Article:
I was the UST Architecture department yesterday. They invited me for a talk-show format speech. I love speaking with students. I get so wide-eyed as they do. Yesterday’s event was particularly overwhelming. We had a full house. So many UZ fans! Thank you.
One of the UST professors, architect Gene Flancia, was at the event. And I remembered that his house was one of those that I loved. It was streamlined, modern, “successfully” tropical (not all tropical homes are created equal) and beautiful. He built on 1/3 of the property and left the rest open and green. I also loved how he used the existing surroundings to his advantage like the leafy canopy of the tree across the street. And most importantly, he built a glass house that wasn’t a heat trap.
I love conversing with architects. It would be a shame to paraphrase their thoughts, so I will publish our email exchange in quotes. Here are some photos from that Urban Zone shoot last year.
Mr. Flancia built his house on the edge of the property to allow green open space in 2/3 of his land. “It’s cool that you take interest in my house. They say that one of the most challenging design projects for an architect is his own home. I found this to be partially true because a lot of people are expecting much from what you are going to produce, based on what they have seen as you design for others. It is more challenging if you have a strict budget and you will be spending your own money.”
“So with a tight budget at hand, I started constructing the house three years ago and finished it within a year, I went for the simplest lines that will exhibit a lot of design character, tropical, easy to maintain despite its sculpture white color.”
“I actually was flattered when you told me you can discern its sophistication in its design simplicity, despite its predominantly glass walls. I did that so I can appreciate my tropical garden. I am able to enjoy tons of natural light and use its shades and shadows as a design tool. You noticed that it’s not so hot either despite all the glass, it is because of the generous eaves that I have on the south west solar exposure and a lot of sliding glass doors and awning windows.”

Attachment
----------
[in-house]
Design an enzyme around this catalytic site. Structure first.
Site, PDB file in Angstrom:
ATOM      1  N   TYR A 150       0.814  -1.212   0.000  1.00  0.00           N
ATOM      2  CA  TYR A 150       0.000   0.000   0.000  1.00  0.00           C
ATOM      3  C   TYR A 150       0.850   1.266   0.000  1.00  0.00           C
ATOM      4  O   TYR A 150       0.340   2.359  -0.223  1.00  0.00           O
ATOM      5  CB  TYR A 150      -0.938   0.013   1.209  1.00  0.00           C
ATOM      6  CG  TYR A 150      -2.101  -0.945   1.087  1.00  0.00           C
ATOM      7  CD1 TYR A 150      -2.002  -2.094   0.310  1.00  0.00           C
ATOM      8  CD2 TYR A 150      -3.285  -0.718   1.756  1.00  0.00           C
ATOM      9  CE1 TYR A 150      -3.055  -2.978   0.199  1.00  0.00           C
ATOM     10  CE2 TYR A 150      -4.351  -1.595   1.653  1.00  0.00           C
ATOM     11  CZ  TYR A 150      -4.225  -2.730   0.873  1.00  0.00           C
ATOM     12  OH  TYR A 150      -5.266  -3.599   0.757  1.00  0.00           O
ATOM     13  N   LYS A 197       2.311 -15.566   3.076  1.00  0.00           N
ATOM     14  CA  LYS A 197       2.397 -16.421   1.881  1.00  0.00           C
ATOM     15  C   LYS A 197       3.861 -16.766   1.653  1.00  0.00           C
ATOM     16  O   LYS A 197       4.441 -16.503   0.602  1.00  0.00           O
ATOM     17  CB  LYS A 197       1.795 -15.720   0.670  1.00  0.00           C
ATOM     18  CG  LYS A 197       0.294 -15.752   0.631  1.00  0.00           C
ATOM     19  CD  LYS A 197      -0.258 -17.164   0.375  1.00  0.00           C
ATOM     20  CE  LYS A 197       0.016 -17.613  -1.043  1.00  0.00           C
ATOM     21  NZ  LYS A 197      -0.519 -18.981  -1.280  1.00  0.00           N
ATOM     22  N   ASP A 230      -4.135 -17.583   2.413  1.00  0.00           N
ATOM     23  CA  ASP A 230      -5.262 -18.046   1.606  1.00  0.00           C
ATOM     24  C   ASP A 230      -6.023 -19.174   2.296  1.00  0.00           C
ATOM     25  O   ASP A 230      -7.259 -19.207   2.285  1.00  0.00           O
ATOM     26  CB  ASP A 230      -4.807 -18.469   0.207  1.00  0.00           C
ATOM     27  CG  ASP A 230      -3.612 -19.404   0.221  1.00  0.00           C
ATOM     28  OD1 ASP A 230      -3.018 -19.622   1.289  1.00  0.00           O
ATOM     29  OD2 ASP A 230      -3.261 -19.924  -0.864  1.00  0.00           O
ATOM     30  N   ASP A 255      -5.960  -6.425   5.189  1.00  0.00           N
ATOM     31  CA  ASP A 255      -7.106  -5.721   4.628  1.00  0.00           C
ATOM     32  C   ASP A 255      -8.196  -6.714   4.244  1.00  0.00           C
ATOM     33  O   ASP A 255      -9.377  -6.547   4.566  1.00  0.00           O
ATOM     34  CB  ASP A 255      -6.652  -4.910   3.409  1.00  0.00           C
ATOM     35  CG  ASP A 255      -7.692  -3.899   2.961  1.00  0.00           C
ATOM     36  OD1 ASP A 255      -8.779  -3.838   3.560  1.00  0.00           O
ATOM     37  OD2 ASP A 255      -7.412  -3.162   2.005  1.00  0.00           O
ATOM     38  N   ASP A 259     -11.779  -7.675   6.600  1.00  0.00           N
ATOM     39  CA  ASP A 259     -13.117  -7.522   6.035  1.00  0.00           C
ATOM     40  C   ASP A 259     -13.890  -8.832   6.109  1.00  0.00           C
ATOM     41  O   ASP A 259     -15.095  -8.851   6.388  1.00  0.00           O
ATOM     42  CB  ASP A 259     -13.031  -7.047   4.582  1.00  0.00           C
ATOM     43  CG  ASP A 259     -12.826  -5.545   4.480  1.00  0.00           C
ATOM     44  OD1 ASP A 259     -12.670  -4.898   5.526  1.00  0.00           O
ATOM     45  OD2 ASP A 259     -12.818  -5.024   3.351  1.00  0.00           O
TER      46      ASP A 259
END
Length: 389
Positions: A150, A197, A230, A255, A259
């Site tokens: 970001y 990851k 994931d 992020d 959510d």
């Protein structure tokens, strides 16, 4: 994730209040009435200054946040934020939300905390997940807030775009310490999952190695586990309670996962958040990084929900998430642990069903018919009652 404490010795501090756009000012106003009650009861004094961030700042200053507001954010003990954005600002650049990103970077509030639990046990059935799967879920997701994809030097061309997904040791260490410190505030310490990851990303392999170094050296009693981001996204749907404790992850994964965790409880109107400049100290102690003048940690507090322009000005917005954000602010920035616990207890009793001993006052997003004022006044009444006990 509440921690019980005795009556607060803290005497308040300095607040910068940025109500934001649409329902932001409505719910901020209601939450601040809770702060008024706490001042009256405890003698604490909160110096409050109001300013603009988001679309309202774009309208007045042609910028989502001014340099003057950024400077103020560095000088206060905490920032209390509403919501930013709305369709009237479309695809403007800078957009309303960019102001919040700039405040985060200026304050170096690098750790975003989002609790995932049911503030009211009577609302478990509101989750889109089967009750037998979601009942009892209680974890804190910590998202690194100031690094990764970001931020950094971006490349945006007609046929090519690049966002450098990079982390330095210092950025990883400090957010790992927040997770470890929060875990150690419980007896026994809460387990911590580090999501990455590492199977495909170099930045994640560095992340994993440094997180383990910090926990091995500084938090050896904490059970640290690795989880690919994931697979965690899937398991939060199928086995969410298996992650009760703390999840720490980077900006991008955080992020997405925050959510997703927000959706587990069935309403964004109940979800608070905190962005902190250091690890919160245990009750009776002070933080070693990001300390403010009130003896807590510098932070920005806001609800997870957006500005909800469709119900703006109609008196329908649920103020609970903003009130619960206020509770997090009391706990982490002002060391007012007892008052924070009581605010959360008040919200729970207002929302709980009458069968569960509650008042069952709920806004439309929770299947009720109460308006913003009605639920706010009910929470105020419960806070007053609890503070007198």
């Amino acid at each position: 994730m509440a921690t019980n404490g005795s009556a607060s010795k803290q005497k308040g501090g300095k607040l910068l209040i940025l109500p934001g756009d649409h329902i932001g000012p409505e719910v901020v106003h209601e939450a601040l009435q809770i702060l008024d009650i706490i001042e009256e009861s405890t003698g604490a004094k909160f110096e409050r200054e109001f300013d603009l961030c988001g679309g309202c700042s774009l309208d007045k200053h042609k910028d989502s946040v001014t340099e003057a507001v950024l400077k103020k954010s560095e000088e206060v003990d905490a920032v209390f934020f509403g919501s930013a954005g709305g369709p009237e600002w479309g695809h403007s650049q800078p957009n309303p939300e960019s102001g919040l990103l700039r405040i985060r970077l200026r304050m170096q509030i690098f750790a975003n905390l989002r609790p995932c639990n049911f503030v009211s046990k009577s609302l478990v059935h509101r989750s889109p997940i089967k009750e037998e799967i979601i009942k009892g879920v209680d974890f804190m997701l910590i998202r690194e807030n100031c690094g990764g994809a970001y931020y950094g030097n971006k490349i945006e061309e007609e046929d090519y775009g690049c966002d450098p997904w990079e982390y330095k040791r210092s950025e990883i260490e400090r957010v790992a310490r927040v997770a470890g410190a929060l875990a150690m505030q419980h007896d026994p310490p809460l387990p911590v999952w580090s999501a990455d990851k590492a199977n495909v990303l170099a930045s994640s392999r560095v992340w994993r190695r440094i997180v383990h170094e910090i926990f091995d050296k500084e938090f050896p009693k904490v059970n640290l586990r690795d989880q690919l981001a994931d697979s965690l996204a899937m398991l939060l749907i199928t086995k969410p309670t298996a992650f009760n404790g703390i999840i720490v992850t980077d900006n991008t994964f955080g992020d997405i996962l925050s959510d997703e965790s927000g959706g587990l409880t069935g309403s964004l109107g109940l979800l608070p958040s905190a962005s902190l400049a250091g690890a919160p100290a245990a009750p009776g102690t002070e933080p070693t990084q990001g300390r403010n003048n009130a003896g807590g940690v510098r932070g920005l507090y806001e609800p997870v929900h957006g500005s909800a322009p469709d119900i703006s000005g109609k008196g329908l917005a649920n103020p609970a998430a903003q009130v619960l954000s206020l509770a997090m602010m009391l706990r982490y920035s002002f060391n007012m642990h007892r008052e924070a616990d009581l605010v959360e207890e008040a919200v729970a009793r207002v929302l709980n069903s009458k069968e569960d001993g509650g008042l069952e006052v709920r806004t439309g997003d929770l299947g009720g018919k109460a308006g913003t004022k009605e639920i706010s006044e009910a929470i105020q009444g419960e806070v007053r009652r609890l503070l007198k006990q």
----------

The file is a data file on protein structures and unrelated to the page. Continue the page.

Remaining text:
Click “More…” to see this elegant tropical home.
“The use of a terra cotta colored wall that is slanted, separating the living dining area from the somewhat open kitchen is the other design statement of this otherwise simple house. The corrugated ceiling of the kitchen and the den produced by using recycled old corrugated GI sheets are textural details that my visitors find kind of nice.”
They don’t make electric fans like this anymore. Note to all brands and industrial designers… bring this back! Mr Flancia had this fan for decades. Apparently it’s a Japanese brand. I love how it’s an oscillating fan but it doubles up as a stool or ottoman. Again, so simple and elegant.
View of upper bedroom from living room. “The house is not even in a gated community, but I really had to make use of the property that my grandad lovingly gave me. The adjacent giant acacia trees provide a lot of dappled shadows and misty streaks of light at certain times of the year.”
“I decided to use only a third of the area of this lot that I acquired from my grandparents for having studied well and being a good first male grandchild. I only used a third of the the area of this 450 lot because I wanted the most garden space that I can have. My mom and my Lola noticed my green thumb as a kid and it is manifested with the overgrown tropical plants that I have now.”
“You should see the various birds that visit me, especially the humming birds sipping the nectar from the flowers when they are in bloom! They seem to be wearing dark tuxedos over yellow shirts with straw like beaks sipping expensive wine!”
“People comment on my curtain free master bedroom with floor to high ceiling glass windows. I jokingly say it’s an exhibitionist paradise. But really, the lush leaves of the garden provide the privacy that I need. Some of my lady friends agree with silly, impish grins on their faces.”
This house was so light and elegant. It worked really well as a tropical home. The architect did well in building his own house. Lovely.
Look for him if you’re building something. Gene Romero Flancia, architect.